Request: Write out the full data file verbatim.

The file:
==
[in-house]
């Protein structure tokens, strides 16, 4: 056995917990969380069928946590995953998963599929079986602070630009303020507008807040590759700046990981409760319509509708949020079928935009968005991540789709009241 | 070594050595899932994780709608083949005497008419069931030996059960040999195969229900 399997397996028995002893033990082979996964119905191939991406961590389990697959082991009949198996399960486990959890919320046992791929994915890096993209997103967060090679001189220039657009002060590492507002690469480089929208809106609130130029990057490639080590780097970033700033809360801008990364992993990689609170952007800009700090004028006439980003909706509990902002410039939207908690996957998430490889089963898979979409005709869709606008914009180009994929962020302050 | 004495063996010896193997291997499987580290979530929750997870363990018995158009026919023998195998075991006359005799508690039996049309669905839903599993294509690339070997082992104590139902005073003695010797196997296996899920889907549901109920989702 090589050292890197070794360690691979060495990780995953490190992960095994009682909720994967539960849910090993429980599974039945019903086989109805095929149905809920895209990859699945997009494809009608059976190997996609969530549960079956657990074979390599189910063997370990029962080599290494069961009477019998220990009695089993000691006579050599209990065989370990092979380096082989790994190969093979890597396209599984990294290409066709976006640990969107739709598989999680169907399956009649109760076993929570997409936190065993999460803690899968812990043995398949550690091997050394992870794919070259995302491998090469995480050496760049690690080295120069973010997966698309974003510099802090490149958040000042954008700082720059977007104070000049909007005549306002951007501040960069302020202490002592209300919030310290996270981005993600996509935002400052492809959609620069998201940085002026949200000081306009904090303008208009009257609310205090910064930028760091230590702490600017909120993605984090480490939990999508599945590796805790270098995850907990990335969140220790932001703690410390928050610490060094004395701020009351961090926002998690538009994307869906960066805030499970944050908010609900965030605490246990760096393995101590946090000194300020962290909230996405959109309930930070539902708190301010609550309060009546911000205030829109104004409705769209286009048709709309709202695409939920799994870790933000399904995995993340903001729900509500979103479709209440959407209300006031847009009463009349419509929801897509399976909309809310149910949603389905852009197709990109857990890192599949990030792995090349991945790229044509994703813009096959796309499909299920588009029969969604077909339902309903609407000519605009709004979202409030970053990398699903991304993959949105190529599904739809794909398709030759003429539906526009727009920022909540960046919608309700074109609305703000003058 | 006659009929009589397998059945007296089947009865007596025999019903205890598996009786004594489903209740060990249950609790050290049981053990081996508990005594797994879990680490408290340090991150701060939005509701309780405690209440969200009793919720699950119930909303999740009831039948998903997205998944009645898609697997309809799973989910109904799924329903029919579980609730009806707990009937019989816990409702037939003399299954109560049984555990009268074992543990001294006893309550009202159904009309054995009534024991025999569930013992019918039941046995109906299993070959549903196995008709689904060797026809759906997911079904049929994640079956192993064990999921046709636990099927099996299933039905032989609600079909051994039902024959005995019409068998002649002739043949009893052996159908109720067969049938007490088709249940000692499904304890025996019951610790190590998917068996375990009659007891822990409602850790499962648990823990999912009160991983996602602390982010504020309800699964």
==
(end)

[in-house]
């Protein structure tokens, strides 16, 4: 056995917990969380069928946590995953998963599929079986602070630009303020507008807040590759700046990981409760319509509708949020079928935009968005991540789709009241 | 070594050595899932994780709608083949005497008419069931030996059960040999195969229900 399997397996028995002893033990082979996964119905191939991406961590389990697959082991009949198996399960486990959890919320046992791929994915890096993209997103967060090679001189220039657009002060590492507002690469480089929208809106609130130029990057490639080590780097970033700033809360801008990364992993990689609170952007800009700090004028006439980003909706509990902002410039939207908690996957998430490889089963898979979409005709869709606008914009180009994929962020302050 | 004495063996010896193997291997499987580290979530929750997870363990018995158009026919023998195998075991006359005799508690039996049309669905839903599993294509690339070997082992104590139902005073003695010797196997296996899920889907549901109920989702 090589050292890197070794360690691979060495990780995953490190992960095994009682909720994967539960849910090993429980599974039945019903086989109805095929149905809920895209990859699945997009494809009608059976190997996609969530549960079956657990074979390599189910063997370990029962080599290494069961009477019998220990009695089993000691006579050599209990065989370990092979380096082989790994190969093979890597396209599984990294290409066709976006640990969107739709598989999680169907399956009649109760076993929570997409936190065993999460803690899968812990043995398949550690091997050394992870794919070259995302491998090469995480050496760049690690080295120069973010997966698309974003510099802090490149958040000042954008700082720059977007104070000049909007005549306002951007501040960069302020202490002592209300919030310290996270981005993600996509935002400052492809959609620069998201940085002026949200000081306009904090303008208009009257609310205090910064930028760091230590702490600017909120993605984090480490939990999508599945590796805790270098995850907990990335969140220790932001703690410390928050610490060094004395701020009351961090926002998690538009994307869906960066805030499970944050908010609900965030605490246990760096393995101590946090000194300020962290909230996405959109309930930070539902708190301010609550309060009546911000205030829109104004409705769209286009048709709309709202695409939920799994870790933000399904995995993340903001729900509500979103479709209440959407209300006031847009009463009349419509929801897509399976909309809310149910949603389905852009197709990109857990890192599949990030792995090349991945790229044509994703813009096959796309499909299920588009029969969604077909339902309903609407000519605009709004979202409030970053990398699903991304993959949105190529599904739809794909398709030759003429539906526009727009920022909540960046919608309700074109609305703000003058 | 006659009929009589397998059945007296089947009865007596025999019903205890598996009786004594489903209740060990249950609790050290049981053990081996508990005594797994879990680490408290340090991150701060939005509701309780405690209440969200009793919720699950119930909303999740009831039948998903997205998944009645898609697997309809799973989910109904799924329903029919579980609730009806707990009937019989816990409702037939003399299954109560049984555990009268074992543990001294006893309550009202159904009309054995009534024991025999569930013992019918039941046995109906299993070959549903196995008709689904060797026809759906997911079904049929994640079956192993064990999921046709636990099927099996299933039905032989609600079909051994039902024959005995019409068998002649002739043949009893052996159908109720067969049938007490088709249940000692499904304890025996019951610790190590998917068996375990009659007891822990409602850790499962648990823990999912009160991983996602602390982010504020309800699964």